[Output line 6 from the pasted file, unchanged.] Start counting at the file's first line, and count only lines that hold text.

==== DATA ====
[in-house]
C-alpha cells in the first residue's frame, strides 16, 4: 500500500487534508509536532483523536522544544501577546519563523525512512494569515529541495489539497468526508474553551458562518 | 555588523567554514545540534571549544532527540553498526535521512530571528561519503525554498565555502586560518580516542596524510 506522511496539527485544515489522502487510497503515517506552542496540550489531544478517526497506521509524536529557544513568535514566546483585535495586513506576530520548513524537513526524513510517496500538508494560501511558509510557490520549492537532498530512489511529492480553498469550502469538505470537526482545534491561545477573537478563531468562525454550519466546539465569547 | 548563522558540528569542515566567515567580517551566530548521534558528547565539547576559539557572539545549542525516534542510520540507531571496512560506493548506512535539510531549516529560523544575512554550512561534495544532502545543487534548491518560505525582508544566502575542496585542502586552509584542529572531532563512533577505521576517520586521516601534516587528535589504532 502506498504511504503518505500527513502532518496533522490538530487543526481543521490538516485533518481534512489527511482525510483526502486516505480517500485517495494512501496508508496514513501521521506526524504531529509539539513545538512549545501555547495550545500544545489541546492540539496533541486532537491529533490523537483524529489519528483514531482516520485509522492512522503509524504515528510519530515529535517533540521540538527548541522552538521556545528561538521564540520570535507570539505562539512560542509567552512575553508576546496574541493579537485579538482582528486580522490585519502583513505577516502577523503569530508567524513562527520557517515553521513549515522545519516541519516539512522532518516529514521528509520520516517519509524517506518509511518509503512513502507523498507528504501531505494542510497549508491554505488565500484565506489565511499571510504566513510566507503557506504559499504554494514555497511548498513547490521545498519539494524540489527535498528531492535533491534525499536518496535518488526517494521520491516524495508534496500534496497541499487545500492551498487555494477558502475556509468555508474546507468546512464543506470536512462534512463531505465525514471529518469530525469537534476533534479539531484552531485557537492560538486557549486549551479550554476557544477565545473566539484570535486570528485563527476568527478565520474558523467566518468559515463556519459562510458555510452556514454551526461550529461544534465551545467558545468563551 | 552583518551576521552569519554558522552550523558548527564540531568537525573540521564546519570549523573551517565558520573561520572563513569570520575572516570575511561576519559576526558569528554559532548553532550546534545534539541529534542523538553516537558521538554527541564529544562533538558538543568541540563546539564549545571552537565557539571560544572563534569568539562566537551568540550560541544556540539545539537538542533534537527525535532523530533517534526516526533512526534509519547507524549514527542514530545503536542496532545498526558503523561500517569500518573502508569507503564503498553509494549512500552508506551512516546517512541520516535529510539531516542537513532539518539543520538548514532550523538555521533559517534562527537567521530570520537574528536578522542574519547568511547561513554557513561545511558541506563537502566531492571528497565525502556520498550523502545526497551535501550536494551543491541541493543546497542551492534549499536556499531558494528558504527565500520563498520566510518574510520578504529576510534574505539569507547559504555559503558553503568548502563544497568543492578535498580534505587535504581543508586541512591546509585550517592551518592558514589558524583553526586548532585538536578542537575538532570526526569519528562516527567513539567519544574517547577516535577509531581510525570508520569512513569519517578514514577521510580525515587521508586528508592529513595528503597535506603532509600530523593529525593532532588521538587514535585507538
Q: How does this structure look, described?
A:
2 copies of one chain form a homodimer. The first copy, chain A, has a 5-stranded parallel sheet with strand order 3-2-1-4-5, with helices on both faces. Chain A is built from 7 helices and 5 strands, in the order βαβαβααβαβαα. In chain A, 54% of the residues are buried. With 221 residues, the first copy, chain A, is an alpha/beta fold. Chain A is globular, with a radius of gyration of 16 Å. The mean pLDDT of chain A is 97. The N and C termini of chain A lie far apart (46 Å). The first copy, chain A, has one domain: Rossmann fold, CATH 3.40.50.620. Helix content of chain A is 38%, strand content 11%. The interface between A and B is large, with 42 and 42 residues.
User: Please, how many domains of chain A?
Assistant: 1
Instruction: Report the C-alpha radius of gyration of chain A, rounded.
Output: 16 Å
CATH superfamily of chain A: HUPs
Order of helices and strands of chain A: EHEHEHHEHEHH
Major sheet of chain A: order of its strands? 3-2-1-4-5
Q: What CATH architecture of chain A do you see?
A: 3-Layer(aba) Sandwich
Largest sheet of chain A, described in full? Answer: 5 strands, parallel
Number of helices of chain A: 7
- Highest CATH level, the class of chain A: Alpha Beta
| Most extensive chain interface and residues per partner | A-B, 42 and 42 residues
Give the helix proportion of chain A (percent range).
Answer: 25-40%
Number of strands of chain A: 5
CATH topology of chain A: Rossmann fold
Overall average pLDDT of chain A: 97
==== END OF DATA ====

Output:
User: Please, how many domains of chain A?